Brain connectivity during encoding and retrieval of spatial information: individual differences in navigation skills View Full Text


Ontology type: schema:ScholarlyArticle      Open Access: True


Article Info

DATE

2017-05-16

AUTHORS

Greeshma Sharma, Klaus Gramann, Sushil Chandra, Vijander Singh, Alok Prakash Mittal

ABSTRACT

Emerging evidence suggests that the variations in the ability to navigate through any real or virtual environment are accompanied by distinct underlying cortical activations in multiple regions of the brain. These activations may appear due to the use of different frame of reference (FOR) for representing an environment. The present study investigated the brain dynamics in the good and bad navigators using Graph Theoretical analysis applied to low-density electroencephalography (EEG) data. Individual navigation skills were rated according to the performance in a virtual reality (VR)-based navigation task and the effect of navigator's proclivity towards a particular FOR on the navigation performance was explored. Participants were introduced to a novel virtual environment that they learned from a first-person or an aerial perspective and were subsequently assessed on the basis of efficiency with which they learnt and recalled. The graph theoretical parameters, path length (PL), global efficiency (GE), and clustering coefficient (CC) were computed for the functional connectivity network in the theta and alpha frequency bands. During acquisition of the spatial information, good navigators were distinguished by a lower degree of dispersion in the functional connectivity compared to the bad navigators. Within the groups of good and bad navigators, better performers were characterised by the formation of multiple hubs at various sites and the percentage of connectivity or small world index. The proclivity towards a specific FOR during exploration of a new environment was not found to have any bearing on the spatial learning. These findings may have wider implications for how the functional connectivity in the good and bad navigators differs during spatial information acquisition and retrieval in the domains of rescue operations and defence systems. More... »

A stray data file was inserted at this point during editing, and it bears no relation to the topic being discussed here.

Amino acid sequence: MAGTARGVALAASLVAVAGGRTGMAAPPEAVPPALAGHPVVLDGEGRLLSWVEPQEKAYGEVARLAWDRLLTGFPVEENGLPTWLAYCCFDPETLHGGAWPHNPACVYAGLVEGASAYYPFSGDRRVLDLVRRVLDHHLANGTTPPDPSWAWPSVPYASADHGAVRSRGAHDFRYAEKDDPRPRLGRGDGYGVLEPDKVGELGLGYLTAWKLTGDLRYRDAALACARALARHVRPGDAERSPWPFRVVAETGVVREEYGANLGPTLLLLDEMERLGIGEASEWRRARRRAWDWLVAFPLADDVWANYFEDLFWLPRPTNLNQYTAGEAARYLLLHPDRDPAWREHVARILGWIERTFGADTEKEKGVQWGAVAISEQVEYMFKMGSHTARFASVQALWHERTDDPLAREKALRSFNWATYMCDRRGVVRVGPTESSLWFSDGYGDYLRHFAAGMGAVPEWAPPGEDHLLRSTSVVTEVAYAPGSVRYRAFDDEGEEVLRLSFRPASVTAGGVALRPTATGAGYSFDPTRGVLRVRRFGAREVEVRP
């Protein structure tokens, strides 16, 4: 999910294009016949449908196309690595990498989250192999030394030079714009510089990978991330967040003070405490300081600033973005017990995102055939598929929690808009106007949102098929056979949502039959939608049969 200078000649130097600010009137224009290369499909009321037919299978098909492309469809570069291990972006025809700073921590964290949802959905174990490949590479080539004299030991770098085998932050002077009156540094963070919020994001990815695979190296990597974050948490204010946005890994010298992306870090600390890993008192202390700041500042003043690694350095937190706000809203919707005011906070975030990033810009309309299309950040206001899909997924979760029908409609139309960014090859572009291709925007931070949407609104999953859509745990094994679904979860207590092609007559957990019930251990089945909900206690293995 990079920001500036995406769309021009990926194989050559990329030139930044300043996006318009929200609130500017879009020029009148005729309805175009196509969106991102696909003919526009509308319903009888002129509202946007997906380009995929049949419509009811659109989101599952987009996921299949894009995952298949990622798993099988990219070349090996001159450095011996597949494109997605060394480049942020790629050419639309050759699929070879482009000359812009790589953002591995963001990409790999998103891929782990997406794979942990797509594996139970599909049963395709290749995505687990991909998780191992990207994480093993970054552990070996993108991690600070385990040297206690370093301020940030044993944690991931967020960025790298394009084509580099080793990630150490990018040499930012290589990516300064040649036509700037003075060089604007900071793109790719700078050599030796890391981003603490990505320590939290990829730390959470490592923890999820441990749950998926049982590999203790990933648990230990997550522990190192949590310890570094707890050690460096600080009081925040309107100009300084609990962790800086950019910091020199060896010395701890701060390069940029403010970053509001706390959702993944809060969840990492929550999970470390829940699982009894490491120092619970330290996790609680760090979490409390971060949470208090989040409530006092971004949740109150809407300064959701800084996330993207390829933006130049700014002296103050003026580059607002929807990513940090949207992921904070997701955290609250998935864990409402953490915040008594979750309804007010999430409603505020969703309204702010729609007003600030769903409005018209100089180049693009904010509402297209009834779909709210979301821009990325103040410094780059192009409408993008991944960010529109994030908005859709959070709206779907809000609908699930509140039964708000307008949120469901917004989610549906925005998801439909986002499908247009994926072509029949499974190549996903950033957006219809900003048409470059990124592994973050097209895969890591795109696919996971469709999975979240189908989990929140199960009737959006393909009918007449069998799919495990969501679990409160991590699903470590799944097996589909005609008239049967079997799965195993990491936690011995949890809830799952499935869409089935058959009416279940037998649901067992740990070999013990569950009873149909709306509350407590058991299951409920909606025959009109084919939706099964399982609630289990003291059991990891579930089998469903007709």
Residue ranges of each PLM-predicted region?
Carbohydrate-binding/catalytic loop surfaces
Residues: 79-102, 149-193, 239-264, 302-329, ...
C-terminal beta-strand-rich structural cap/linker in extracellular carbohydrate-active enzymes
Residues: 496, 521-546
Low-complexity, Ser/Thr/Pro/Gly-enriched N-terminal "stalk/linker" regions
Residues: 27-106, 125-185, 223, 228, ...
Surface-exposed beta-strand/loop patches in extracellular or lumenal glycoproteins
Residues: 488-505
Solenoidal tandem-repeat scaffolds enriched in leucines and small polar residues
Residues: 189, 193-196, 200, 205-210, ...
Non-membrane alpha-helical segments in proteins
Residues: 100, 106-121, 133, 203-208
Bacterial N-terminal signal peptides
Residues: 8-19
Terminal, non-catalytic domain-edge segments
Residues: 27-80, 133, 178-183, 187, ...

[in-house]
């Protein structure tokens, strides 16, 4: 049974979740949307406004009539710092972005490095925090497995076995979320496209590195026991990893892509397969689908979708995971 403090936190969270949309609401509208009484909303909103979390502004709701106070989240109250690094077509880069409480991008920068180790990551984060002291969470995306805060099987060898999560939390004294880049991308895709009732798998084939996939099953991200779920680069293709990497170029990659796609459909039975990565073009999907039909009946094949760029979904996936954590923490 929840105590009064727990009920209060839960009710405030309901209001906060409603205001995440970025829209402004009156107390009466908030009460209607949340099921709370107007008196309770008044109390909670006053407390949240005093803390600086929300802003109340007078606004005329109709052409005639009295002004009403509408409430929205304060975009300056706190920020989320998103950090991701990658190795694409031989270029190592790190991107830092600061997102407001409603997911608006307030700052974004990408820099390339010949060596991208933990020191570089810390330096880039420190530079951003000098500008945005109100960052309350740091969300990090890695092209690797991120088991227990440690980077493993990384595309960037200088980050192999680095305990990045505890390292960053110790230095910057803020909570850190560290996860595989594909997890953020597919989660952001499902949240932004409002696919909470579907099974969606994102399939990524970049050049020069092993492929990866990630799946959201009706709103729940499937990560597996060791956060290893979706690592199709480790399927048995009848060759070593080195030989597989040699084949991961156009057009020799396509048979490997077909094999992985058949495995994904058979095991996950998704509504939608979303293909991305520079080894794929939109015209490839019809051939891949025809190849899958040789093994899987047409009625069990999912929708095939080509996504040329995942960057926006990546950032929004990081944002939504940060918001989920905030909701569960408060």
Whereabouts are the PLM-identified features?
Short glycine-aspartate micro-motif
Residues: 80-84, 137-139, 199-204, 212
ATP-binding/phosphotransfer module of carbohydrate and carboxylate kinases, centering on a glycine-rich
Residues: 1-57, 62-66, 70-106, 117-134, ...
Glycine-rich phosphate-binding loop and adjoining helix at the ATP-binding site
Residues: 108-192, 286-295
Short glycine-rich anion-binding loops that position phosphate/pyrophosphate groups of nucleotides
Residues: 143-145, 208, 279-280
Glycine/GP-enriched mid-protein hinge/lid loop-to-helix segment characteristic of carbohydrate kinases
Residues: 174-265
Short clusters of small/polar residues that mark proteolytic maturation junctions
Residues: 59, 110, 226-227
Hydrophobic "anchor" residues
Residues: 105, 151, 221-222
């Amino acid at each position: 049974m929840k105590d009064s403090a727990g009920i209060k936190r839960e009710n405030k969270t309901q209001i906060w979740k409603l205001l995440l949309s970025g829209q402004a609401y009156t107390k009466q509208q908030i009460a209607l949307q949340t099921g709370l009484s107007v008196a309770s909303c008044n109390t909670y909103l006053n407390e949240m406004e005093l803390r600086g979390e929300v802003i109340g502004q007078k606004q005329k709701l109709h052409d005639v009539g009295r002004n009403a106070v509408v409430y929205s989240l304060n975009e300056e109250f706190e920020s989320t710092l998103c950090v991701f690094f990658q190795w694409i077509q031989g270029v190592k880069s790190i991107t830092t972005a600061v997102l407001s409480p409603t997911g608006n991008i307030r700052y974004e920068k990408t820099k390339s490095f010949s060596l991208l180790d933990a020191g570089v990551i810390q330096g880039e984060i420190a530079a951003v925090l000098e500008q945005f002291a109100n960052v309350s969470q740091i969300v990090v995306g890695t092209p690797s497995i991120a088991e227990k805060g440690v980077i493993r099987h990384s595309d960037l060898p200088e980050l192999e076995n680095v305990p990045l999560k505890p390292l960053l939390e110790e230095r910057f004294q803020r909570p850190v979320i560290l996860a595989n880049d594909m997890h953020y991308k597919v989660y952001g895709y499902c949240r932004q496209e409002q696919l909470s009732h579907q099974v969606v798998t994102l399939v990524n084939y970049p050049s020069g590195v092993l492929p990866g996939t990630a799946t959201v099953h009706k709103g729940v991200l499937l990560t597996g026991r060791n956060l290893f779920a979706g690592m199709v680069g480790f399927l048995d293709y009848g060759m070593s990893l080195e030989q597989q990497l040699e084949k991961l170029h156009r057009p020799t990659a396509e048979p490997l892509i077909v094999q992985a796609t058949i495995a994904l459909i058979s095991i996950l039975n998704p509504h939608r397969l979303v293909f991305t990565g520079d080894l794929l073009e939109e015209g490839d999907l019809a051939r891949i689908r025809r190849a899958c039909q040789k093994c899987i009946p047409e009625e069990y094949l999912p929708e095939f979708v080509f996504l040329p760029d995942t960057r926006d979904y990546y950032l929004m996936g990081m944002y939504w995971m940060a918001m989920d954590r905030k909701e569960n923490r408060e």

PAGES

207-217

Identifiers

URI

http://scigraph.springernature.com/pub.10.1007/s40708-017-0066-6

DOI

http://dx.doi.org/10.1007/s40708-017-0066-6

DIMENSIONS

https://app.dimensions.ai/details/publication/pub.1085428206

PUBMED

https://www.ncbi.nlm.nih.gov/pubmed/28510210


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221 schema:name Biological Psychology and Neuroergonomics, Institute of Technology, University of Berlin, 10587, Berlin, Germany
222 Instrumentation and Control Engineering Department, NSIT, 110078, Dwarka, Delhi, India
223 rdf:type schema:Organization
224 grid-institutes:grid.419004.8 schema:alternateName Biomedical Engineering Department, INMAS, DRDO, 110054, Delhi, India
225 schema:name Biomedical Engineering Department, INMAS, DRDO, 110054, Delhi, India
226 rdf:type schema:Organization
 




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